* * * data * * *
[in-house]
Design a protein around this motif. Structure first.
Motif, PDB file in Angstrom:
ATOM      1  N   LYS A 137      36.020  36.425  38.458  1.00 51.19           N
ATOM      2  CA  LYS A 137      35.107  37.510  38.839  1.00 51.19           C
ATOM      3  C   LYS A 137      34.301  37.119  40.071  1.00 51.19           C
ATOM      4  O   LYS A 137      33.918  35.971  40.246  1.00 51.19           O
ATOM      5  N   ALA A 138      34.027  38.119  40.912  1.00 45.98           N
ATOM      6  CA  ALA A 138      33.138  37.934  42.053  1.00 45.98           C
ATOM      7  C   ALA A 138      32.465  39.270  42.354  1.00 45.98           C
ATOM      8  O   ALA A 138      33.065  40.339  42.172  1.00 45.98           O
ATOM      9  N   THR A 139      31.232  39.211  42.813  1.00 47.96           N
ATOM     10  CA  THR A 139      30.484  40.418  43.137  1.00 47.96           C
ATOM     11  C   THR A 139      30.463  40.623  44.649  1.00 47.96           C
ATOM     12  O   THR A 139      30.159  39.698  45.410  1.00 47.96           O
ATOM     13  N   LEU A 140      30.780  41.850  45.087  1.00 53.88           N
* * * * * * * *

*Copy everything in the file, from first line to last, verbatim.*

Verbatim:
[in-house]
Design a protein around this motif. Structure first.
Motif, PDB file in Angstrom:
ATOM      1  N   LYS A 137      36.020  36.425  38.458  1.00 51.19           N
ATOM      2  CA  LYS A 137      35.107  37.510  38.839  1.00 51.19           C
ATOM      3  C   LYS A 137      34.301  37.119  40.071  1.00 51.19           C
ATOM      4  O   LYS A 137      33.918  35.971  40.246  1.00 51.19           O
ATOM      5  N   ALA A 138      34.027  38.119  40.912  1.00 45.98           N
ATOM      6  CA  ALA A 138      33.138  37.934  42.053  1.00 45.98           C
ATOM      7  C   ALA A 138      32.465  39.270  42.354  1.00 45.98           C
ATOM      8  O   ALA A 138      33.065  40.339  42.172  1.00 45.98           O
ATOM      9  N   THR A 139      31.232  39.211  42.813  1.00 47.96           N
ATOM     10  CA  THR A 139      30.484  40.418  43.137  1.00 47.96           C
ATOM     11  C   THR A 139      30.463  40.623  44.649  1.00 47.96           C
ATOM     12  O   THR A 139      30.159  39.698  45.410  1.00 47.96           O
ATOM     13  N   LEU A 140      30.780  41.850  45.087  1.00 53.88           N